APAC tech M&A up in Q2 amid global decline

Ernst & Young study shows video games, including online and social games, driving Asia-Pacific and Japan's merger and acquisitions volume and deal value growth even as global figures fall.

Merger and acquisitions (M&A) activities among tech companies in Asia-Pacific and Japan grew during the second quarter of 2012, bucking the overall global trend which experienced a drop in aggregate deal value, says one report.

In its global technology M&A quarterly update released Thursday, Ernst & Young reported a higher sequential and year-on-year volume of tech M&A deals in the region. The exact figures were not disclosed though.

It noted that video games, including online, mobile, and social games, were the biggest driver of deal values in Asia. These are in addition to the many small strategic deals focusing on geographic expansion or technologies such as mobile audio, video streaming, and flash memory acceleration.

Global decline due to uncertainty
The growth experienced in Asia-Pacific and Japan was not seen globally though, as the volume of deals fell from 729 to 728 from the same time last year. Aggregate deal value dropped 43 percent to US$33.4 billion too, the research showed, attributing the decline in both to macroeconomic uncertainty.

Driving M&A activities worldwide were five top megatrends--smart mobility; cloud computing; social networking; big data; and cross-industry technologies. Cloud computing generated the highest volume and value of all M&A transactions, it stated.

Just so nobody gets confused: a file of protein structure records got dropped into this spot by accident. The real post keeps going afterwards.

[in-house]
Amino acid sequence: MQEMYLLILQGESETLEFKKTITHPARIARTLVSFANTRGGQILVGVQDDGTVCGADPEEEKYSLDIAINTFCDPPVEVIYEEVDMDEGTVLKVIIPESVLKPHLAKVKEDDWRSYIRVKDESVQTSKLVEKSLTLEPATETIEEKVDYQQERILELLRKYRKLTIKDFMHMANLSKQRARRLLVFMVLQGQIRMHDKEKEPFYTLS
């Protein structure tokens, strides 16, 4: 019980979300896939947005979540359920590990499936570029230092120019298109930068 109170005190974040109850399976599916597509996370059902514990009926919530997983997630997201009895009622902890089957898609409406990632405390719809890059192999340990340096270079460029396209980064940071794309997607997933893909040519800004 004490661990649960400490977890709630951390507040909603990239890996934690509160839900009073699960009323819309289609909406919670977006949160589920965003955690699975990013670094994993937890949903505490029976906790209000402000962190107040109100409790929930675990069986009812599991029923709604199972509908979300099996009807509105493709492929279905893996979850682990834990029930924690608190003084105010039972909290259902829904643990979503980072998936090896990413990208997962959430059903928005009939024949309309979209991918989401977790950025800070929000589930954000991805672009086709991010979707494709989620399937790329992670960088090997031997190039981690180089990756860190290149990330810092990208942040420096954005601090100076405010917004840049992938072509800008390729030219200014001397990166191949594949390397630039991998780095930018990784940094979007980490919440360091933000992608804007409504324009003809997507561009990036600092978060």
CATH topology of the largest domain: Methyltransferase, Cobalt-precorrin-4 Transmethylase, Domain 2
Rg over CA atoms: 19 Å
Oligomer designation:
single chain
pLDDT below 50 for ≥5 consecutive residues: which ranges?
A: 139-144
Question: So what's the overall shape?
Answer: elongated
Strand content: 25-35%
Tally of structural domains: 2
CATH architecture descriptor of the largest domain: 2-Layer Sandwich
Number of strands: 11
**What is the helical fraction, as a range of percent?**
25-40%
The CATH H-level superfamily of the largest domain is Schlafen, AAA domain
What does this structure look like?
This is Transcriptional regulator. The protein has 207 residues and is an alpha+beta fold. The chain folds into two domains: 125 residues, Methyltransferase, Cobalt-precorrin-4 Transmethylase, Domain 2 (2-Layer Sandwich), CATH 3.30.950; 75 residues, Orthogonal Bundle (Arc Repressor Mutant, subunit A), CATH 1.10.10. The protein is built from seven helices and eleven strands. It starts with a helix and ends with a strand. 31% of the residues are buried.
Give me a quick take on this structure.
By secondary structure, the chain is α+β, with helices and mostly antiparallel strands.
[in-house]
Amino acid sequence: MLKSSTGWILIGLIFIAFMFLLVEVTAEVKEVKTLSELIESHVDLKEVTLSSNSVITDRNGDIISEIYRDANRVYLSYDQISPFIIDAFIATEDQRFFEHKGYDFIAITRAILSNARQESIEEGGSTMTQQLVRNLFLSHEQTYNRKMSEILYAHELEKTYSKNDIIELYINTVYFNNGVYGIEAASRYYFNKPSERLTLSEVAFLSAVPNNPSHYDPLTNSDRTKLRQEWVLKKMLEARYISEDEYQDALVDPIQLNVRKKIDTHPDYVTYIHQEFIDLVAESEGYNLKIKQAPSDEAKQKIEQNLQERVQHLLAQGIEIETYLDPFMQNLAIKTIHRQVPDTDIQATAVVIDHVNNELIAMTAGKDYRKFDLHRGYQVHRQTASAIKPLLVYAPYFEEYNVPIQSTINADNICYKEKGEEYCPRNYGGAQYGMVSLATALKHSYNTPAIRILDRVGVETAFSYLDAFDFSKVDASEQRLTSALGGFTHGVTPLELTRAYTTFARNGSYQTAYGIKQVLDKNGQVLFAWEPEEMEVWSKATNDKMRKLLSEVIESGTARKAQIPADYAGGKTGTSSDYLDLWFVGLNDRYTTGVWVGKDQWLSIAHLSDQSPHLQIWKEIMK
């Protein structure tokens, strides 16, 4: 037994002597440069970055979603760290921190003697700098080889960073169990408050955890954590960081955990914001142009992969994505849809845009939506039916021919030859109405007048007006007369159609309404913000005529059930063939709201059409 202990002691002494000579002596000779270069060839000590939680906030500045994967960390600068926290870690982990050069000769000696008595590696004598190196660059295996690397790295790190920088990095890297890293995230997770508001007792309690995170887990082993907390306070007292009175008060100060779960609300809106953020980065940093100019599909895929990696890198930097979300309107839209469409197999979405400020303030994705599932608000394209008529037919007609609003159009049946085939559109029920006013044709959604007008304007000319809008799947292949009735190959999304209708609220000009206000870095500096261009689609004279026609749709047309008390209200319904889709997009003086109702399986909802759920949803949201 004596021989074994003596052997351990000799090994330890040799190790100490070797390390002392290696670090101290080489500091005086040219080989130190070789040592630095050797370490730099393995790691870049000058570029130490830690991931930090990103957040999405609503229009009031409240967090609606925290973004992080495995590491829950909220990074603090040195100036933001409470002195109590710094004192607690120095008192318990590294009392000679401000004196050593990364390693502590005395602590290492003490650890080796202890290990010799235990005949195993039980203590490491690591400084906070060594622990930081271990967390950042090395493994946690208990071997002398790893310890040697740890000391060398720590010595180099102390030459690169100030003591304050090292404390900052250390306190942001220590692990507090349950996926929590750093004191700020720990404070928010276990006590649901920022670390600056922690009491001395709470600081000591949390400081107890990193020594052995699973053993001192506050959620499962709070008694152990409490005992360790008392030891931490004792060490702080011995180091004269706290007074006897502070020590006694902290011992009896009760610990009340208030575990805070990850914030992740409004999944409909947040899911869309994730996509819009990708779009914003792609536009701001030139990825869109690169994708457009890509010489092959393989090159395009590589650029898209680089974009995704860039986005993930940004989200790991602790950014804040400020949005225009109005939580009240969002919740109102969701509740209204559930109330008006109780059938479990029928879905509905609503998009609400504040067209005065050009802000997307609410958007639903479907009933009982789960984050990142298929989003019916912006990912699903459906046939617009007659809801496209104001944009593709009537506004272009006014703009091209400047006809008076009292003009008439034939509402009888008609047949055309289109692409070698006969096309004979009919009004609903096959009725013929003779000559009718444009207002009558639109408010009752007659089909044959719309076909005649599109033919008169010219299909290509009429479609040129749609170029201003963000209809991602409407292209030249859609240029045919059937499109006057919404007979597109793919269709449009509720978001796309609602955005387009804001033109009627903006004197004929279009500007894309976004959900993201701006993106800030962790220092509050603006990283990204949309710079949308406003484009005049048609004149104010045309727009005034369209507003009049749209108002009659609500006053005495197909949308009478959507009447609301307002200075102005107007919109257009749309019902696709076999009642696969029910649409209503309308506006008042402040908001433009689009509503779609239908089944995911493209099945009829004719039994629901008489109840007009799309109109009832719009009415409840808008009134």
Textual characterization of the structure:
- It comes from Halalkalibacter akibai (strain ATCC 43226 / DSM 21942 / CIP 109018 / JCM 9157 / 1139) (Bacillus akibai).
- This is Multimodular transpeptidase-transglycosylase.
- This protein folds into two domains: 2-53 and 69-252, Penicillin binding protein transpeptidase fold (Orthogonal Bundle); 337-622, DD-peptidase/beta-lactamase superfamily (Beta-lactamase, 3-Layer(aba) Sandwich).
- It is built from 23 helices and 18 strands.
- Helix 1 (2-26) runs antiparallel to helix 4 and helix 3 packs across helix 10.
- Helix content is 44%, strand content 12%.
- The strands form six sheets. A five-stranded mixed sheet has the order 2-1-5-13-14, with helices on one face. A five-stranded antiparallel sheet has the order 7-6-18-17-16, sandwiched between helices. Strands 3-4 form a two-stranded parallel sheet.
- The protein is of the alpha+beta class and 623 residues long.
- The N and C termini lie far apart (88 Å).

Of the quarter's top 10 deals, 4 were cloud-driven acquisitions.  One was the purchase of a software-as-a-service (SaaS) company which hosts Web-based business-to-business (B2B) business exchange, two involved non-tech companies buying data centers to offer cloud services, and the last was the purchase of a cloud hardware and software company.

Joe Steger, global technology industry transaction advisory services leader at Ernst & Young, said in the report: "Disruptive technology megatrends continue to fuel strategic deal-making around the world, in spite of a difficult economic context. In the second quarter, we even saw new sub-trends emerge to drive deals, such as alternative input technologies like speech and handwriting recognition, in addition to the 'social-mobile-cloud' and big data analytics deal drivers."

Steger added that while the current macroeconomic challenges might dampen the appetite for large, transformative deals in the near term, the industry will continue to see small and strategic deals revolving around the five megatrends.

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